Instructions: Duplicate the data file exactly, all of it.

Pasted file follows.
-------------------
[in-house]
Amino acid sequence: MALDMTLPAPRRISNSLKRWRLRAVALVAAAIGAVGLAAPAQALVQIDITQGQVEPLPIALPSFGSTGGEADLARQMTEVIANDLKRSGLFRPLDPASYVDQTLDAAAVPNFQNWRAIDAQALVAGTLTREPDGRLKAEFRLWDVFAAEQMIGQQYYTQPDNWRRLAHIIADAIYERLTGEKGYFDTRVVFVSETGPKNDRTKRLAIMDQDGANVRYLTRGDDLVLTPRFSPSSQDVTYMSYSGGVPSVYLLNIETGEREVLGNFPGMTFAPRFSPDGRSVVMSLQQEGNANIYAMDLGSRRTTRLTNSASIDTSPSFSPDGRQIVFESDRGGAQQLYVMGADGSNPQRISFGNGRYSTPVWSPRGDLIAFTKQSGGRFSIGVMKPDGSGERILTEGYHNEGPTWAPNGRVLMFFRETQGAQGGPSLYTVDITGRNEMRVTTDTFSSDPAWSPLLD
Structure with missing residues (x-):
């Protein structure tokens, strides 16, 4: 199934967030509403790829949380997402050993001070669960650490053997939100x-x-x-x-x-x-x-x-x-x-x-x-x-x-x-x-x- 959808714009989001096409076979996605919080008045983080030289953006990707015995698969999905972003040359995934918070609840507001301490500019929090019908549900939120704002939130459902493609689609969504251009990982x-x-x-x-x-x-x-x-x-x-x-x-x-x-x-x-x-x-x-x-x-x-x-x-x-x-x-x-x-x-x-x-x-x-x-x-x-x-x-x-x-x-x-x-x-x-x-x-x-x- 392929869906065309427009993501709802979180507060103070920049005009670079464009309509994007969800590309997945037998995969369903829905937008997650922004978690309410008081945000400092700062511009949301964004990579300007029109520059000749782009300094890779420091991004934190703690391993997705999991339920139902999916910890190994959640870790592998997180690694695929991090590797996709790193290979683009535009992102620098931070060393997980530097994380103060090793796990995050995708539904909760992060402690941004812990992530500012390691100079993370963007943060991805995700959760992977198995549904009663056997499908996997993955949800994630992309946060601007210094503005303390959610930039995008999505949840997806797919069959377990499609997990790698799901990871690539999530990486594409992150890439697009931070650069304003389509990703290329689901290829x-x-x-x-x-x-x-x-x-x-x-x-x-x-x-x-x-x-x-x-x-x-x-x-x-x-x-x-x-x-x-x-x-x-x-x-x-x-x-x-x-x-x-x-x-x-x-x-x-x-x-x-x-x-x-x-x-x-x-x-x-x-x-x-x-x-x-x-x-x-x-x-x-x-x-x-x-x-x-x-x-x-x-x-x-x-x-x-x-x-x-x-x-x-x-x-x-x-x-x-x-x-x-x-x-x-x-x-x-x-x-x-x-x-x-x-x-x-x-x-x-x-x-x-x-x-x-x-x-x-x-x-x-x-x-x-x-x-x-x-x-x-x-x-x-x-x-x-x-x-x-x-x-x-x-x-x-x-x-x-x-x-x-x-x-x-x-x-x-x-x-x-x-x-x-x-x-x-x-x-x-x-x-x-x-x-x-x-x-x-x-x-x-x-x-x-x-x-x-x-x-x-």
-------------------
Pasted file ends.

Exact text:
[in-house]
Amino acid sequence: MALDMTLPAPRRISNSLKRWRLRAVALVAAAIGAVGLAAPAQALVQIDITQGQVEPLPIALPSFGSTGGEADLARQMTEVIANDLKRSGLFRPLDPASYVDQTLDAAAVPNFQNWRAIDAQALVAGTLTREPDGRLKAEFRLWDVFAAEQMIGQQYYTQPDNWRRLAHIIADAIYERLTGEKGYFDTRVVFVSETGPKNDRTKRLAIMDQDGANVRYLTRGDDLVLTPRFSPSSQDVTYMSYSGGVPSVYLLNIETGEREVLGNFPGMTFAPRFSPDGRSVVMSLQQEGNANIYAMDLGSRRTTRLTNSASIDTSPSFSPDGRQIVFESDRGGAQQLYVMGADGSNPQRISFGNGRYSTPVWSPRGDLIAFTKQSGGRFSIGVMKPDGSGERILTEGYHNEGPTWAPNGRVLMFFRETQGAQGGPSLYTVDITGRNEMRVTTDTFSSDPAWSPLLD
Structure with missing residues (x-):
């Protein structure tokens, strides 16, 4: 199934967030509403790829949380997402050993001070669960650490053997939100x-x-x-x-x-x-x-x-x-x-x-x-x-x-x-x-x- 959808714009989001096409076979996605919080008045983080030289953006990707015995698969999905972003040359995934918070609840507001301490500019929090019908549900939120704002939130459902493609689609969504251009990982x-x-x-x-x-x-x-x-x-x-x-x-x-x-x-x-x-x-x-x-x-x-x-x-x-x-x-x-x-x-x-x-x-x-x-x-x-x-x-x-x-x-x-x-x-x-x-x-x-x- 392929869906065309427009993501709802979180507060103070920049005009670079464009309509994007969800590309997945037998995969369903829905937008997650922004978690309410008081945000400092700062511009949301964004990579300007029109520059000749782009300094890779420091991004934190703690391993997705999991339920139902999916910890190994959640870790592998997180690694695929991090590797996709790193290979683009535009992102620098931070060393997980530097994380103060090793796990995050995708539904909760992060402690941004812990992530500012390691100079993370963007943060991805995700959760992977198995549904009663056997499908996997993955949800994630992309946060601007210094503005303390959610930039995008999505949840997806797919069959377990499609997990790698799901990871690539999530990486594409992150890439697009931070650069304003389509990703290329689901290829x-x-x-x-x-x-x-x-x-x-x-x-x-x-x-x-x-x-x-x-x-x-x-x-x-x-x-x-x-x-x-x-x-x-x-x-x-x-x-x-x-x-x-x-x-x-x-x-x-x-x-x-x-x-x-x-x-x-x-x-x-x-x-x-x-x-x-x-x-x-x-x-x-x-x-x-x-x-x-x-x-x-x-x-x-x-x-x-x-x-x-x-x-x-x-x-x-x-x-x-x-x-x-x-x-x-x-x-x-x-x-x-x-x-x-x-x-x-x-x-x-x-x-x-x-x-x-x-x-x-x-x-x-x-x-x-x-x-x-x-x-x-x-x-x-x-x-x-x-x-x-x-x-x-x-x-x-x-x-x-x-x-x-x-x-x-x-x-x-x-x-x-x-x-x-x-x-x-x-x-x-x-x-x-x-x-x-x-x-x-x-x-x-x-x-x-x-x-x-x-x-x-």